How To Use Chrome UX Report To Improve Your Site Performance


Measuring success in website performance is a tricky task for small business owners.

It can be easy to apply the same approach that works when evaluating viability throughout a company.

Black and white, hard and fast numbers. Results.

The truth of website performance is more of a multilayered exploration of RUM (Real User Measurements) within the context of the web at large.

Looking at RUM such as performance, page load, and page views gives a detailed picture of hard data.

However, RUM data is only part of a bigger equation to measure a website’s impact and success.

The CrUX Of The Matter: The State Of The Web As Experienced By Real Users

To be truly informative and deliver actionable data, you must balance users’ experiences on your site within the scope of user experience across the internet.

Stepping back lets businesses understand their site’s performance and know where those metrics land within a vast array of parameters.

This is where the Chrome UX Report enters the fray.

Making Web Performance Data On A Broad Scale Accessible To The Masses

First established by Google in 2017, the Chrome UX Report is a publicly available dataset of real user measurements.

Also known as the CrUX report, it gathers website performance data for Chrome users from millions of websites.

If that data were only compiled, it would be an incredible – but difficult to utilize – resource. When paired with the right program, however, the data is transformed.

When put to use correctly, the CrUX Report transforms an immense collection of web performance data into a clear and accessible resource.

To better understand the data compiled in the CrUX Report and how best to utilize it, we need to step back.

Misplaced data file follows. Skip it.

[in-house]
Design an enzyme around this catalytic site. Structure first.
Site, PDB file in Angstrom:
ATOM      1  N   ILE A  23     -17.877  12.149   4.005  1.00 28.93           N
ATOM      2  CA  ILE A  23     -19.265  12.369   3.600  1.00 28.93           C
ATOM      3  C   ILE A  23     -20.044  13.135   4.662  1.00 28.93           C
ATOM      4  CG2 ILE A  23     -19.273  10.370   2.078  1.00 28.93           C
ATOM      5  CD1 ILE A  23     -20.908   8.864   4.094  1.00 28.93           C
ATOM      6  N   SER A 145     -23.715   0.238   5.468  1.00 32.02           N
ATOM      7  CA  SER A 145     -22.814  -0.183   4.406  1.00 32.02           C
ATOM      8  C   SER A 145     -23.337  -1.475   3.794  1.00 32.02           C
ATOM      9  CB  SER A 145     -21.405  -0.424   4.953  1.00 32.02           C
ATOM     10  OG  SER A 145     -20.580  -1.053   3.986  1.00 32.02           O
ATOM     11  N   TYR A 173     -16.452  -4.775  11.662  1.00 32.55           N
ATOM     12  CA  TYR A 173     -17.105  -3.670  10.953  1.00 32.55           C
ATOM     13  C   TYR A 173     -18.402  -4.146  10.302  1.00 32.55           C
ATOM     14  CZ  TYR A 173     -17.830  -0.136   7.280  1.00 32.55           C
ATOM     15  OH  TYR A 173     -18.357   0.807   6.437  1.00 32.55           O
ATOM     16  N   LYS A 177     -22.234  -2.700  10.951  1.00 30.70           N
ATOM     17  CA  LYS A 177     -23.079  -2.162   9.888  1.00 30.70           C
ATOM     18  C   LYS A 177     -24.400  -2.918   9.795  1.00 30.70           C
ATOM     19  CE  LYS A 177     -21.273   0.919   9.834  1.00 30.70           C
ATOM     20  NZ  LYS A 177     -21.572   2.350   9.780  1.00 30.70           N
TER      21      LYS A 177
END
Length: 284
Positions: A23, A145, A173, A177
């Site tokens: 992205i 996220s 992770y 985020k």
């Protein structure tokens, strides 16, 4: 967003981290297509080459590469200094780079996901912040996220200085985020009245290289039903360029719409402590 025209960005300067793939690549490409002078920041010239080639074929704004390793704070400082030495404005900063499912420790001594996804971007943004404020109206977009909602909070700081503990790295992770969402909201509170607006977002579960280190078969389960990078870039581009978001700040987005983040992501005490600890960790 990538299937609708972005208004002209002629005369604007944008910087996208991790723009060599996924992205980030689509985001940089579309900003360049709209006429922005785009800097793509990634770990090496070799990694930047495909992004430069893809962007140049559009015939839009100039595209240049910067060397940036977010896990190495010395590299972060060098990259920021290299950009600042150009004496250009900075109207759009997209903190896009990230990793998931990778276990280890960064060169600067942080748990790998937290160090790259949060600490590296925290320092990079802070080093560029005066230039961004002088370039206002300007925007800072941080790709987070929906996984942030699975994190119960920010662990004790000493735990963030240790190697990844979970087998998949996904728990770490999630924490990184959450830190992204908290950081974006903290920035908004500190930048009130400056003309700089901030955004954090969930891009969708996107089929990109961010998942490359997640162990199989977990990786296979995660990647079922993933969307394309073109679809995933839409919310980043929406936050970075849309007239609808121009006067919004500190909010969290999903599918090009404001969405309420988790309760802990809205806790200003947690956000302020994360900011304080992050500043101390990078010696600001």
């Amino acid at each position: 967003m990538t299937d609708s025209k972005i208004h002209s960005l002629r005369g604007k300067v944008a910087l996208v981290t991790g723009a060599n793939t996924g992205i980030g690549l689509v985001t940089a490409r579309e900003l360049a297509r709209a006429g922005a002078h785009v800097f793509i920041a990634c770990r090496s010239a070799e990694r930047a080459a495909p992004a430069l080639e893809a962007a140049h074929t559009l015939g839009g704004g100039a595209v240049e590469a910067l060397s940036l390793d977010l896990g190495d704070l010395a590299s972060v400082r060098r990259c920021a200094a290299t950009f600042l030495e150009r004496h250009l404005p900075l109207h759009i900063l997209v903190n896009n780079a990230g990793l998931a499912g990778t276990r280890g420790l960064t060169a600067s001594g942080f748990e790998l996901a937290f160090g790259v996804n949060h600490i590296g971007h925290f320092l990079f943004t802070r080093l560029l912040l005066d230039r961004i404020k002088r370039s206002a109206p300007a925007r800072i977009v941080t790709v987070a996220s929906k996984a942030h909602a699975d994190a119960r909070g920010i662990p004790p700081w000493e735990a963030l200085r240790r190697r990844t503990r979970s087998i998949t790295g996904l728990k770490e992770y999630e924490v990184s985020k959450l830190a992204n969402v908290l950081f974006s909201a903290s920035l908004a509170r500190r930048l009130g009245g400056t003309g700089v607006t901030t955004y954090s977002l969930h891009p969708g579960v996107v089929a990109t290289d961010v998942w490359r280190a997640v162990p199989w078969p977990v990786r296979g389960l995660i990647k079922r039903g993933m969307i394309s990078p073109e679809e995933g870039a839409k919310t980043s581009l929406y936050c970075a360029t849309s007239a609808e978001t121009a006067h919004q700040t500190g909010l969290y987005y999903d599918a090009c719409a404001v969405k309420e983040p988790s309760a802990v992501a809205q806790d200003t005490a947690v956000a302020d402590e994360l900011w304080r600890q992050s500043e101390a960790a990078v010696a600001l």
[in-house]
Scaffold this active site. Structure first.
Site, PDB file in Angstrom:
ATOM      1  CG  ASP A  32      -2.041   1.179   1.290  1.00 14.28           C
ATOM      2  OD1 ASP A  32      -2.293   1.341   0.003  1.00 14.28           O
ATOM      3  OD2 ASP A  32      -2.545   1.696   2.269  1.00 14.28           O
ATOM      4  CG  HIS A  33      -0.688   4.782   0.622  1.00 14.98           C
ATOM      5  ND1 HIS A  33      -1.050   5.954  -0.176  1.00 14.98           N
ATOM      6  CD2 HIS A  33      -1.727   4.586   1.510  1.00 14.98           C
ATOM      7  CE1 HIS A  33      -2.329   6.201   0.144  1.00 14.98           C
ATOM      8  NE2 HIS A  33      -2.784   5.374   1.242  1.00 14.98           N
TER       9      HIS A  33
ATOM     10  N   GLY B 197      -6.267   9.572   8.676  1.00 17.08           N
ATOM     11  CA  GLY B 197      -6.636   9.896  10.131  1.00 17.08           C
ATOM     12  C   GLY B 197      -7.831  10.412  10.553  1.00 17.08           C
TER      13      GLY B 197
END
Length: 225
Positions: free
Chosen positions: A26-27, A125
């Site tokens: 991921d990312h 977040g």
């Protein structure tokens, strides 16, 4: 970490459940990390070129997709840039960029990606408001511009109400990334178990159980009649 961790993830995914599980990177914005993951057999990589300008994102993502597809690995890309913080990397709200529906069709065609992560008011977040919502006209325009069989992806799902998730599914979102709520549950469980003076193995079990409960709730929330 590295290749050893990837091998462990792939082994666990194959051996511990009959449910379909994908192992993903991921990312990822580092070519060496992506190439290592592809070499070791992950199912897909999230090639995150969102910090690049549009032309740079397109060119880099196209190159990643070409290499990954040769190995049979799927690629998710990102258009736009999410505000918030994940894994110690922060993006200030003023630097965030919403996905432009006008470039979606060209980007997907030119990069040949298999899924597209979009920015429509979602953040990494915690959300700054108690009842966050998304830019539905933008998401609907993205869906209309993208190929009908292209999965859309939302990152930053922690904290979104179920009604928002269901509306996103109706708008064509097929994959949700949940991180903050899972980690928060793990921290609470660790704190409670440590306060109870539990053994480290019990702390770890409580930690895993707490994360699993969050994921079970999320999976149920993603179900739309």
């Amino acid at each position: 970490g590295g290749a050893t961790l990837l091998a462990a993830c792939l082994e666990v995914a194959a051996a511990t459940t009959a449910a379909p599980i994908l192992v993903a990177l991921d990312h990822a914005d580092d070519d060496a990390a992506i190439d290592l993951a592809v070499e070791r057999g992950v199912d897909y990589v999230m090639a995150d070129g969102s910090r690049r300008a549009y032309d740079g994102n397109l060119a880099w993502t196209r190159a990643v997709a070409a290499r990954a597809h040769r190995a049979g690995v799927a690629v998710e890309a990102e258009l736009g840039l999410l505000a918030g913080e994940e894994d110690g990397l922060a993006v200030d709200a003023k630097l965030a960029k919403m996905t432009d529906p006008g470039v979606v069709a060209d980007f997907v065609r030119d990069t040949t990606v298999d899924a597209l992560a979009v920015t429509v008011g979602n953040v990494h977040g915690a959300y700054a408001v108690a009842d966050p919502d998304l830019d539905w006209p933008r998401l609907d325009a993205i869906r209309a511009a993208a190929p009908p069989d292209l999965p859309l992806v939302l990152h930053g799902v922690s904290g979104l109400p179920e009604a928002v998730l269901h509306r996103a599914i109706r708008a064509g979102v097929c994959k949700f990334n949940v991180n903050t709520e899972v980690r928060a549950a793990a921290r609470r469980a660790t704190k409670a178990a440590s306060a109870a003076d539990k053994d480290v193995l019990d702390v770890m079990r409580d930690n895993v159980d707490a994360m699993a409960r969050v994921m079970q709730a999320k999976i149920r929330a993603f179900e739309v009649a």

It’s time to review Chrome’s Core Web Vitals.

Page Experience And User Experience Are A Direct Result Of The Health Of A Website

Google is always seeking innovative and cutting-edge ways to provide users with a smooth, crisp online experience.

A significant cornerstone of that effort is Google’s work empowering website owners to maximize their sites.

When website owners deliver user-friendly, beneficial sites effectively, everyone wins.

The only way to achieve success in an endeavor, though, is to know what the rules and standards are.

In May 2020, Google released a new set of metrics to help evaluate website performance as it impacted user experience.

These were its Core Web Vitals.

The goal was to clear away minor and arbitrary details muddying up the water.

To do so, Google narrowed down a website’s user experience score to three core measurements:

  • LCP (Largest Contentful Paint).
  • FID (First Input Delay).
  • CLS (Cumulative Layout Shift).

Core Web Vitals are anchored on the crucial role of page experience in the more extensive user experience.